Microsites, Thrivenorth | July 23, 2019
In December 2019, the ThriveNorth program successfully completed its five-year mandate. Managed by Futurpreneur Canada, the program helped young entrepreneurs in Northern B.C. launch and grow their businesses by connecting them with resources, financing and mentorship.
Lucy Sager is the 2019 winner of the ThriveNorth Business Challenge in the Best New Business (29-39) category for her work with All Nations Driving Academy.
Lucy started All Nations Driving Academy in response to the transportation challenges and barriers facing many First Nations communities in Northern B.C. By equipping local community members with the tools to own and operate local driving schools, All Nations Driving Academy provides a ripple effect solution that simultaneously supports and facilitates local economic and community development.
“I knew this wasn’t about a driver’s licence. This was about providing for families, feeling value in your self-worth and setting your life on a new course. It was bigger than what I had imagined by way of what was important not to your wallet but to your heart.”
– Lucy Sager, on launching All Nations Driving Academy
You can learn more about Lucy Sager in her first ThriveNorth feature here, and read on to hear how her business has grown and find out about her road to success at the 2019 ThriveNorth Business Challenge.
Congratulations on your win at the 2019 ThriveNorth Business Challenge! How did you find the experience?
The Business Challenge is a good time to wear your heart on your sleeve.
A lot of times we get so wrapped up in the execution of our work that we don’t share with others what we are doing or why we are doing it. The Challenge provided a good platform to take the time to make others aware and to find potential new support within a broader community.
It was great to make new contacts and learn about the other creative work that’s happening in rural B.C.
How did you prepare for the event?
Preparing for the challenge allowed me to tighten up my story. It also forced me to sit down and think about not only what is important to me, but what would resonate with others when learning about our work. I often don’t take the time to sit still so this was needed.
Were you nervous about the finals?
I think at any stage of your business when you’re telling your story in your own hometown you wonder if they will they like it, whether will they “get” it, and that at your core it can’t matter.
My business is about addressing a problem, and in the process we’ve connected with non-profits and governments in a way I didn’t expect.
Having won brought us a level of exposure we didn’t have before, for which I’m very grateful, and it’s also a nice validation that others see the same importance in what we’re doing.
How has your business evolved, from launch to now?
From the beginning to now our business continues to evolve in that it’s really not just about driving. In essence, this business has allowed us to connect communities to basic and fundamental needs such as healthcare, safety, nutrition and family. In the beginning the Driving Academy focused on providing a means to get to work, but it seems now that the outcome is so much more.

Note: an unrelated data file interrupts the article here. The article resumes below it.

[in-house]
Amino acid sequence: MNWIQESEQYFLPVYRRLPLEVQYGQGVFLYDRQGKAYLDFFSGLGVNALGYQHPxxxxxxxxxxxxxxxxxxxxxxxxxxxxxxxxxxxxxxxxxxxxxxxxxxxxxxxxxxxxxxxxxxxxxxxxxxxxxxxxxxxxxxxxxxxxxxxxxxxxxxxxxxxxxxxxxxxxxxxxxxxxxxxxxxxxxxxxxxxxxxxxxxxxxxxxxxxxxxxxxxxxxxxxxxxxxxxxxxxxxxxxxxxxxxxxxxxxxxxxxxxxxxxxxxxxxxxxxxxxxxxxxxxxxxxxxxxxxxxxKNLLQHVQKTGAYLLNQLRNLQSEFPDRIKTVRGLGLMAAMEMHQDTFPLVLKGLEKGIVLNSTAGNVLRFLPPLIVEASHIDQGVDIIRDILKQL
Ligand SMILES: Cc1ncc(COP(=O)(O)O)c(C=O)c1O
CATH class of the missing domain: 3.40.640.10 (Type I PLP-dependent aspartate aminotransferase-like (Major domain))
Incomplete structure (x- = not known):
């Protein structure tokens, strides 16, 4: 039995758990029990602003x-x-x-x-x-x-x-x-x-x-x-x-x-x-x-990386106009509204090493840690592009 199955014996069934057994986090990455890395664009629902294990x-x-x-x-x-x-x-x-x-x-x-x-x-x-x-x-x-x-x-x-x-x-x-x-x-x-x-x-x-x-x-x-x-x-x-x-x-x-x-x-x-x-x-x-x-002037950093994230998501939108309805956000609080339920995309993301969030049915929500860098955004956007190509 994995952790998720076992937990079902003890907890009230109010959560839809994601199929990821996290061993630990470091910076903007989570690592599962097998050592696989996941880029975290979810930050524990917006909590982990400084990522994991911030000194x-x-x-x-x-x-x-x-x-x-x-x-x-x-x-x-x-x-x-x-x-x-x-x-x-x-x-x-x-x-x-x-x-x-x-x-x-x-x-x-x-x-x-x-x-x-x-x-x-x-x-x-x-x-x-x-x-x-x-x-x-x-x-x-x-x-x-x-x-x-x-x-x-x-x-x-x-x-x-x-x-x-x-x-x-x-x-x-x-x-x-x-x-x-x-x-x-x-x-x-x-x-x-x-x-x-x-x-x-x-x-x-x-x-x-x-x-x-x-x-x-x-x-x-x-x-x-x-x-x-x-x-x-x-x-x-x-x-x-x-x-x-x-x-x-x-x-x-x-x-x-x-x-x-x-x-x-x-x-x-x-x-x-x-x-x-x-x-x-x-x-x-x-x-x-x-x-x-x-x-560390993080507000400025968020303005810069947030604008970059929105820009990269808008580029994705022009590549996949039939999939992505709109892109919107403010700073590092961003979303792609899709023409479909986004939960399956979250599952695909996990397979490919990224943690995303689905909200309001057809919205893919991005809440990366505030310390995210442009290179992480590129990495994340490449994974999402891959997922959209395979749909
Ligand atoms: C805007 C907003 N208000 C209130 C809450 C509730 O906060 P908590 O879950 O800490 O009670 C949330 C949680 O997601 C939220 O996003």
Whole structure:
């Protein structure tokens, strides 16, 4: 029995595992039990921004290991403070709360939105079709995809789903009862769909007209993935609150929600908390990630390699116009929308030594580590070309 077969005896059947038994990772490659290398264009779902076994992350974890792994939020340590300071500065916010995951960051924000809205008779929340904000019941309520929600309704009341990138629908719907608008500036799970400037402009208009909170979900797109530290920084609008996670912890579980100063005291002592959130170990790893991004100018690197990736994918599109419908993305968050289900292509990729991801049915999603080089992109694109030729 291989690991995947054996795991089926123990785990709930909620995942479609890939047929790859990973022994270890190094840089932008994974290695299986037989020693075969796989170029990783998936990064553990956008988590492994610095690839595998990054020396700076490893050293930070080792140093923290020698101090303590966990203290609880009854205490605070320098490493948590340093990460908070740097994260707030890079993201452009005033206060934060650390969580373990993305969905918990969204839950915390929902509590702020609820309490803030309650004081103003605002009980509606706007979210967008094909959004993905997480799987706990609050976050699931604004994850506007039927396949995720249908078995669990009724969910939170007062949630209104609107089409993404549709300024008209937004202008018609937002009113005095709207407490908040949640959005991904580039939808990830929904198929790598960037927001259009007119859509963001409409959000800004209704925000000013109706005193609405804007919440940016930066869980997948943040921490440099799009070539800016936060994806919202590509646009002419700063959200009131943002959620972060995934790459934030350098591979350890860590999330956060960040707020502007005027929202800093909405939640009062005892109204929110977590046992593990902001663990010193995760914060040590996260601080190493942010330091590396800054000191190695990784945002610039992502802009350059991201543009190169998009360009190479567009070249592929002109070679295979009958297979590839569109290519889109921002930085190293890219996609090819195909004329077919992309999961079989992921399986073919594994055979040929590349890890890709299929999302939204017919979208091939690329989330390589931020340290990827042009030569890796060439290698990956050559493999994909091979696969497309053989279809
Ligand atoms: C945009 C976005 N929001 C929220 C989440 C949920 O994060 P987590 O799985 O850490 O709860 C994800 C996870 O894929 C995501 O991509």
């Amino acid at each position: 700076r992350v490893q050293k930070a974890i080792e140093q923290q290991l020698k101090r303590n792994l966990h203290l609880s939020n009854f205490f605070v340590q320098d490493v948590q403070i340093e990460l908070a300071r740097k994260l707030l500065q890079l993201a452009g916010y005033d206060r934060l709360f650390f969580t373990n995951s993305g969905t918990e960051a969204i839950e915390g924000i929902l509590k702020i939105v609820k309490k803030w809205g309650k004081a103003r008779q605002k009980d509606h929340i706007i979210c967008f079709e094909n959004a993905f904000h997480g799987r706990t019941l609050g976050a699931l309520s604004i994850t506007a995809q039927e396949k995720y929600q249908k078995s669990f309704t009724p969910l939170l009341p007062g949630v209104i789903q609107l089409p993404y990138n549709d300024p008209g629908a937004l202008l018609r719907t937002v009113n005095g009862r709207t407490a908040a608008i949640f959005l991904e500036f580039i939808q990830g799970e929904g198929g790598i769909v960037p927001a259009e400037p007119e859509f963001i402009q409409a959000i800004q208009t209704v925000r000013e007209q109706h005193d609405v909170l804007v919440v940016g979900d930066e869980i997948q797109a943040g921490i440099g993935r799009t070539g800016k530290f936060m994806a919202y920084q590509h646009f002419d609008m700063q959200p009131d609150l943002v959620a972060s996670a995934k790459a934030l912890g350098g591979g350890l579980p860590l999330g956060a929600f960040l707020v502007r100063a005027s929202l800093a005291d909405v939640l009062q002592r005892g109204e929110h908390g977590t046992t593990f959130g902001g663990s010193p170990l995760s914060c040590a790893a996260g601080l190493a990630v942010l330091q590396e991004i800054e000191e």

How will winning the Business Challenge help you and your business?
The prize money will be used to develop the Graduated Licence Student manuals. Right now we make these one at a time and it is labour intensive. Working with a designer and printer, we’ll be able to lower our costs, reduce time and come up with a more professional product.
These student manuals will also be made available to other Indigenous-owned driving schools, which will ensure a better learning experience for students and also provide a greater certainty in the consistency of course delivery.
What impact do you hope your business will have on your community?
The impact we’re hoping to have is about creating mobility for Indigenous communities in British Columbia. Many communities continue to identify a lack of driver’s licence as the number one barrier to employment. Supporting communities to have their own school creates employment on reserves, increases access to the actual driver training, and ensures individuals aren’t without a licence.
Is there anything you learned from the experience of the Business Challenge that you weren’t expecting?
Throughout this process I was caught off-guard on the night of the finals with a difficult conversation. I was reminded that not everyone will catch your vision or fall in love with your mission and that’s okay. You know what needs to be done and you should put your head down and love that you are doing the thing the world needs most. You don’t need anyone’s permission to do great work.
Why should others consider the entrepreneur life?
Why entrepreneurship? Because you can move as fast as you choose to. You’re in control of how fast you go…and that’s an incredible gift! I believe the world is changed by those who execute and the world desperately needs more doers to step up.
Learn more about Lucy in her ThriveNorth spotlight here, and find out more about the All Nations Driving Academy on their website driveallnations.ca